Microfiber towels are a much better idea. A quality microfiber towel will not harm the paint, cuts the job of toweling off a car in half the time and as a bonus, leaves no streaks or scratches behind.

For this big job, you need a microfiber towel of equal size. Chemical Guys microfiber 16” x 24” towels are made from the best 70/30 softest lint-free materials—just perfect to fold into fourths, the way car washing professionals do!

These cloths have a super thick pile—the secret for mopping up standing water on any surface, especially the surface of your car. Works like magic on the windows and windshield, too!


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  1. Kathy says:

    Mary: I have the 10-pack of microfiber cloths you recommended and it clearly states to not use water hotter than 140°. You say to follow the mfr’s instructions, but boiling works best. Are you just ignoring the 140° limit?

  2. Wenonah says:

    Hi Mary, I stopped using soap many years ago and use Norwex microfiber cloths. I don’t know why they work so well, but my skin is much better and I have much less body odor. Do you know of any other similar cloths for a more economical price. Thank you in advance.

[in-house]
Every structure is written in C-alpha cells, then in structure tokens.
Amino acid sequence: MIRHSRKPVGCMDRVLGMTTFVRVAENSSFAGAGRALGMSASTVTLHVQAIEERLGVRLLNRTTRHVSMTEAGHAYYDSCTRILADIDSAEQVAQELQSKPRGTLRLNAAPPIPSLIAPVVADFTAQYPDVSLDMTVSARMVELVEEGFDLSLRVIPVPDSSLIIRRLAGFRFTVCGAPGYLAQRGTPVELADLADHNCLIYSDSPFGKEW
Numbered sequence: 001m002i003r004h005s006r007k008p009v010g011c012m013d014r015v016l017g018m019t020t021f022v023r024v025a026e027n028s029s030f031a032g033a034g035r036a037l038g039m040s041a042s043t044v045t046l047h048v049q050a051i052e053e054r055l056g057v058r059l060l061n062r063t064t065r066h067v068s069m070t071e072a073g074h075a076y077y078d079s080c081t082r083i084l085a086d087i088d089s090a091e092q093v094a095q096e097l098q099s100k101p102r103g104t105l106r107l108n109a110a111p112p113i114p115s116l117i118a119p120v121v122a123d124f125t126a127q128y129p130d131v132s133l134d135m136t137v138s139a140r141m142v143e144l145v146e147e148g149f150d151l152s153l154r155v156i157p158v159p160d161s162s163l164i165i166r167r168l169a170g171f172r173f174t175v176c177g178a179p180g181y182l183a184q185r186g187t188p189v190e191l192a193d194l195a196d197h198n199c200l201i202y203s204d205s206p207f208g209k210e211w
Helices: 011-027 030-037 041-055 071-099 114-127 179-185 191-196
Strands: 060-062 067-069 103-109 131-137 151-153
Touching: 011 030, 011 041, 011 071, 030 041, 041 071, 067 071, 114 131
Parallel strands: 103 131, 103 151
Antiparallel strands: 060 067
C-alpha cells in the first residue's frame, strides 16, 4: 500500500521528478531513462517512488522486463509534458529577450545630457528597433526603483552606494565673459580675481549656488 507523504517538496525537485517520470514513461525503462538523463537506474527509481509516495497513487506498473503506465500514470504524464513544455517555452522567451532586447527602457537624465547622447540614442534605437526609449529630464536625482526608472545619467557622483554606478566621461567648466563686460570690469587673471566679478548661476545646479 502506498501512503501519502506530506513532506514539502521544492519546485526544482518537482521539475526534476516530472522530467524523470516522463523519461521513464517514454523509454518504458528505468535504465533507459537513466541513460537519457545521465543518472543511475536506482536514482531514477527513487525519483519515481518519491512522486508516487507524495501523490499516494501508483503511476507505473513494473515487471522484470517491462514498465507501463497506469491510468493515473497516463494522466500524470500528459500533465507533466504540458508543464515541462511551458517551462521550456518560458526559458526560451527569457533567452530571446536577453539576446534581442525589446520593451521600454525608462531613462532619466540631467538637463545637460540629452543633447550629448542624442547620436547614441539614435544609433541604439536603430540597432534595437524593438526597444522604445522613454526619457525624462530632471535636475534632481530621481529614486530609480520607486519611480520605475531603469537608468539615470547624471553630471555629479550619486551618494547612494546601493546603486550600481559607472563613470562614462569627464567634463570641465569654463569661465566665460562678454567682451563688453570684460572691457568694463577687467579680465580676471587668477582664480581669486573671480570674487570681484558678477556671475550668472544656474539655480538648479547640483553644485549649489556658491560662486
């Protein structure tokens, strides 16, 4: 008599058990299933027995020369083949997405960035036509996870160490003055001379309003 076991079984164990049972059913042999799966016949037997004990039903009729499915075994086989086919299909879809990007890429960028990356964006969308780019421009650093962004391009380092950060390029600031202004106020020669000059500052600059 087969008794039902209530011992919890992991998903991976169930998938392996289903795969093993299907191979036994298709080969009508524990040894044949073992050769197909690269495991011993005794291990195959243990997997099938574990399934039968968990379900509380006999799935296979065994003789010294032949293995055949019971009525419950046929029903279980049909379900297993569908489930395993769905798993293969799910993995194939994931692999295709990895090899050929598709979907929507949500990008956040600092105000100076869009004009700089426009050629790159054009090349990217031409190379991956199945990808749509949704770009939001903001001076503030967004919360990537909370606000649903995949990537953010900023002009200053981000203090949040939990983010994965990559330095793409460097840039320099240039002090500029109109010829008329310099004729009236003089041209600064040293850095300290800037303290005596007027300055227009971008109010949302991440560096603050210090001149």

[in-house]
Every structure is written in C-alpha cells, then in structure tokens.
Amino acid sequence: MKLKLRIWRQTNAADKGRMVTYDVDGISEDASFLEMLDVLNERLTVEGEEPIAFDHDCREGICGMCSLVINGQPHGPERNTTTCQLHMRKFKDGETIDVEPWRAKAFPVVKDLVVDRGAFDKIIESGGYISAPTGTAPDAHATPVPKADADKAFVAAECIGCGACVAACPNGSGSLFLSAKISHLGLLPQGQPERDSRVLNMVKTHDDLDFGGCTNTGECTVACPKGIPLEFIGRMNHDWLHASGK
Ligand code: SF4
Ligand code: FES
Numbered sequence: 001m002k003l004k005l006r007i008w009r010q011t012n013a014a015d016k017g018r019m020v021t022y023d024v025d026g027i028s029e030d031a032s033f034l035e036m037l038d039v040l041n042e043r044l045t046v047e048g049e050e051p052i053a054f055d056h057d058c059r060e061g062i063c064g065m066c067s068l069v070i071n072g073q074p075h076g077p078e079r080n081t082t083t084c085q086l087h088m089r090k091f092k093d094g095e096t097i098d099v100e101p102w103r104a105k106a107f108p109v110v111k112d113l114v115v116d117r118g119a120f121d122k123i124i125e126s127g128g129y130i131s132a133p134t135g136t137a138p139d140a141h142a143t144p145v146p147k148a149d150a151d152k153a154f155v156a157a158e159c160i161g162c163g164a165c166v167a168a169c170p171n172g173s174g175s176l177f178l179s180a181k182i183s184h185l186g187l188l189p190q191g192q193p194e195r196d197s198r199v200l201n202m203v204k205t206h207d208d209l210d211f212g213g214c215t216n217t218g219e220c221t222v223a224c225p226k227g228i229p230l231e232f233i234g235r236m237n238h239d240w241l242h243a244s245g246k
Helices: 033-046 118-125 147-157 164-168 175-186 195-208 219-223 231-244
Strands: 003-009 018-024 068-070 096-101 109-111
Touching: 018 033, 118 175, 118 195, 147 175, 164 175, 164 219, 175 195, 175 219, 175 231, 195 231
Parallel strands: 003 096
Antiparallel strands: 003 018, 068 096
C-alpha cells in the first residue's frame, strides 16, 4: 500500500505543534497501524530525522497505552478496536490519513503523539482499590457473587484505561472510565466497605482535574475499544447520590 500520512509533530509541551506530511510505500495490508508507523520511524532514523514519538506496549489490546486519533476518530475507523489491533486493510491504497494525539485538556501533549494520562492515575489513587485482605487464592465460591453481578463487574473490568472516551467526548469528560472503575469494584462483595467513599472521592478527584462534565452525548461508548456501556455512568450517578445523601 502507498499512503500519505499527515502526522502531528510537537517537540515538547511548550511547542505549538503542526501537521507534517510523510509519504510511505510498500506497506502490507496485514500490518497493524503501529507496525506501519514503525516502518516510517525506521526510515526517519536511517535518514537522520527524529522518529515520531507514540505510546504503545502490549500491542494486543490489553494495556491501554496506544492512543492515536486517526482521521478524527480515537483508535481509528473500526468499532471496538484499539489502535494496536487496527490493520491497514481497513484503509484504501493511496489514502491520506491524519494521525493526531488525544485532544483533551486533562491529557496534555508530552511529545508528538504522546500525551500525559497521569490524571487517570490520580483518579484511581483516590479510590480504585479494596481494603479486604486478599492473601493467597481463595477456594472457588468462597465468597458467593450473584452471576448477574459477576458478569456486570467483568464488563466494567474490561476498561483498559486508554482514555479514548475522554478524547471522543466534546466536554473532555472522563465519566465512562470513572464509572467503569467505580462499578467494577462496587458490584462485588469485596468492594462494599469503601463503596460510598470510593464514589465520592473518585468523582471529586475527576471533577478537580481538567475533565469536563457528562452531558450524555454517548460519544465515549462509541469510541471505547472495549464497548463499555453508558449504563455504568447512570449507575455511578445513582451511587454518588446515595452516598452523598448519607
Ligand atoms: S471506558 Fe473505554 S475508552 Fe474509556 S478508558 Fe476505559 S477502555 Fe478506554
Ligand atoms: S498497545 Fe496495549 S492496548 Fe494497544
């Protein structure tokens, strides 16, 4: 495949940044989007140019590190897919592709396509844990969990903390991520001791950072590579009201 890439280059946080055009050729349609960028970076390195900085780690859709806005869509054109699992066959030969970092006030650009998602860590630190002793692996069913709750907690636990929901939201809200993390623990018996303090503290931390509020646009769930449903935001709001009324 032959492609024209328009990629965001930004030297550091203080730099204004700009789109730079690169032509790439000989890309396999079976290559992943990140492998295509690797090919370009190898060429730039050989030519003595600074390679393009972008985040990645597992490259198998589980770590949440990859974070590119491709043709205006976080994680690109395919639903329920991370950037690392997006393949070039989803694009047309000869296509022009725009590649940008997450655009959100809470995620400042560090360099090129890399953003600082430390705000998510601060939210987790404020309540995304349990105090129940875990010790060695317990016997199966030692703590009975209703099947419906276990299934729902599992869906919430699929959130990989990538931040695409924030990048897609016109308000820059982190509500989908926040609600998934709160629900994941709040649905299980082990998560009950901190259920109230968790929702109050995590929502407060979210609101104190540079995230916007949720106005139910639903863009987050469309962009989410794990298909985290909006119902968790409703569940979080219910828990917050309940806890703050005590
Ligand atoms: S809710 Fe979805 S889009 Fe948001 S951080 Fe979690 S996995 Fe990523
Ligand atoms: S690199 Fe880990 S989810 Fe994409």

3. Paulette Almsted says:

    I discovered using my microfiber mop pad was the easiest and best way to get my windows dried fast and streak-free. I use a microfiber cloth to wipe down my shower faucets, trim, and door to eliminate water spots. I have always thrown them in with my regular laundry and haven’t noticed lint on them – just don’t use fabric softener! Thanks to your tips, I’ll use them on many other surfaces too.

  4. Glenn Jess Rogers says:

    Cars and windows, wonderful. But what do you recommend for shiny and/or non-reflective TV SCREENS? Thank you, as always.

  5. Chris Reid says:

    The best cleaning cloths I’ve ever used are wipe and glow cleaning cloths. I’ve been using the same one for months and it’s still going strong. I just keep washing it and using it. Makes cleaning glass a breeze!